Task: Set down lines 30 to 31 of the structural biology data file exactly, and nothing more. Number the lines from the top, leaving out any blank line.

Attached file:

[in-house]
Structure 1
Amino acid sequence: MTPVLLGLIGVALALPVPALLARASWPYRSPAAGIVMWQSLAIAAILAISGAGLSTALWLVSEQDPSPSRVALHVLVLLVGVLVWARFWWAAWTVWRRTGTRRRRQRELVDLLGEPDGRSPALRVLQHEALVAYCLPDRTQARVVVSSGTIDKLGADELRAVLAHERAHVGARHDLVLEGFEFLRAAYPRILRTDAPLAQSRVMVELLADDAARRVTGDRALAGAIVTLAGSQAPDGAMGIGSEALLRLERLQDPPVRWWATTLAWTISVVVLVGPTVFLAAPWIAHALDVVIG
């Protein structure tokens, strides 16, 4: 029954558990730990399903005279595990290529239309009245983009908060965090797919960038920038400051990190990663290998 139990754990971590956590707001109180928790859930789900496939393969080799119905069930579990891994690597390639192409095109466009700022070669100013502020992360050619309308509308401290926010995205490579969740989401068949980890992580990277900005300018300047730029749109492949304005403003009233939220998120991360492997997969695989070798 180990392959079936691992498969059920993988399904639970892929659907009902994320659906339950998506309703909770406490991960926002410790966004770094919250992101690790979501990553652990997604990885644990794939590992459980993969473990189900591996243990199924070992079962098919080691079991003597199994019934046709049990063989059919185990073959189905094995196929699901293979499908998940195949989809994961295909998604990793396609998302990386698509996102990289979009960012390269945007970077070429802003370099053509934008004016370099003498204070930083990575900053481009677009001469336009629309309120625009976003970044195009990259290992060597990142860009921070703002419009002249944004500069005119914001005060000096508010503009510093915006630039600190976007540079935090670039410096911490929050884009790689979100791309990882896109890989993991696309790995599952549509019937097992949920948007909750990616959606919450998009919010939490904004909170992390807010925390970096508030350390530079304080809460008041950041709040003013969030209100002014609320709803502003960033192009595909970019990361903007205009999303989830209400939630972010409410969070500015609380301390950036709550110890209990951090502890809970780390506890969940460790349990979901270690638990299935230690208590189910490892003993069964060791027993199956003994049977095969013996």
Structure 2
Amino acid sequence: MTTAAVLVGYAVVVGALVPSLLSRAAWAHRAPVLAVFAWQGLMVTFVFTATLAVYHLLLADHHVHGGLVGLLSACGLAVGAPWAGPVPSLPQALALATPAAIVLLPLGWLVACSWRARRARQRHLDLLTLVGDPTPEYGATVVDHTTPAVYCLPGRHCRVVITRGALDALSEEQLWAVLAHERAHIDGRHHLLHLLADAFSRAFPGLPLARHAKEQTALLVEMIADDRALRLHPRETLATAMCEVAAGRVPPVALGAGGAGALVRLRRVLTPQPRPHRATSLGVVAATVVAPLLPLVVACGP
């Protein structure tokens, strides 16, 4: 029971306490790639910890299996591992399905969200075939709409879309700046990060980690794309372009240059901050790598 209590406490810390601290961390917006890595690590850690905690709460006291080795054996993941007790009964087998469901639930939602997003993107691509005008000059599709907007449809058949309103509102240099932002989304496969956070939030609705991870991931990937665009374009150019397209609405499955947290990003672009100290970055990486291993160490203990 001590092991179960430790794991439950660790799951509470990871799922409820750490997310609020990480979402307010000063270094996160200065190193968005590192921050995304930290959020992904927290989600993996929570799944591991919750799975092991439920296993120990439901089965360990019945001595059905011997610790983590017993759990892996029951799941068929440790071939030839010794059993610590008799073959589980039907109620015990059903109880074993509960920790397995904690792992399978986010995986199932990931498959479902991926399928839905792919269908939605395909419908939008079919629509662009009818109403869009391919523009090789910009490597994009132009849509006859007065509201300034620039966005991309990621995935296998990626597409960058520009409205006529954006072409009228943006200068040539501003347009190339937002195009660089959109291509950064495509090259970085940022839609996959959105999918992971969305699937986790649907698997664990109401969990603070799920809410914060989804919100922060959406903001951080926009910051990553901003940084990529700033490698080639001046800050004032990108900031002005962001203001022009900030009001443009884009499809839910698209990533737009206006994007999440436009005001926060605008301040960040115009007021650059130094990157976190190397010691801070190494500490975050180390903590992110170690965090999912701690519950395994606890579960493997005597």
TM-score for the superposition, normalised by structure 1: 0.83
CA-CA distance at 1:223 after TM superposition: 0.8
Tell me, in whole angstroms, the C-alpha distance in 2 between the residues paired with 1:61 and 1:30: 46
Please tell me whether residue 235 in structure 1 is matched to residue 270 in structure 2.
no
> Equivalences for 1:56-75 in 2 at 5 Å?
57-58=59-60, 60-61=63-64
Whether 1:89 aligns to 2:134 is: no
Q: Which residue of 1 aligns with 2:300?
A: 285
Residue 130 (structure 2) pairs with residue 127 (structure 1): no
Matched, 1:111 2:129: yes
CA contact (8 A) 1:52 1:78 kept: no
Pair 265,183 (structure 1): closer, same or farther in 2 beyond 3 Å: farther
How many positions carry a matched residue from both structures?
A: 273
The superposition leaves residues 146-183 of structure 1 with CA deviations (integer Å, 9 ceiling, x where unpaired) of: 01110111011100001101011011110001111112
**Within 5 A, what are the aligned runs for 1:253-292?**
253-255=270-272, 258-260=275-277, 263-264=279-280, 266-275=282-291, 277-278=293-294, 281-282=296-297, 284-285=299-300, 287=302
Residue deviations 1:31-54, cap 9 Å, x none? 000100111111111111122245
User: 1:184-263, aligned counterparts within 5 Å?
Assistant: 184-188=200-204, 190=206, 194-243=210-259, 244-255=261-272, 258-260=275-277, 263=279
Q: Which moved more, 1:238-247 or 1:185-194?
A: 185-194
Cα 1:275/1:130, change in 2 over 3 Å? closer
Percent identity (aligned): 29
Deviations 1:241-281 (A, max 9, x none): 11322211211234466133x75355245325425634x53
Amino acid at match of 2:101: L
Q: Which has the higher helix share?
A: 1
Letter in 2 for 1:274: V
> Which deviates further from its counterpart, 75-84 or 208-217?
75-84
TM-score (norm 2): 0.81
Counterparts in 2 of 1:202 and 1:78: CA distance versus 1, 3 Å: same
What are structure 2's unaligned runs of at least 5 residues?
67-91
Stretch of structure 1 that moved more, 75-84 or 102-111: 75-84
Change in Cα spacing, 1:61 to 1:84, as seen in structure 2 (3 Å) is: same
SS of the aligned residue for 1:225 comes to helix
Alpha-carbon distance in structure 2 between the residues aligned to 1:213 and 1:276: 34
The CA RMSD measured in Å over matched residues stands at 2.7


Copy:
Q: Which moved more, 1:238-247 or 1:185-194?
A: 185-194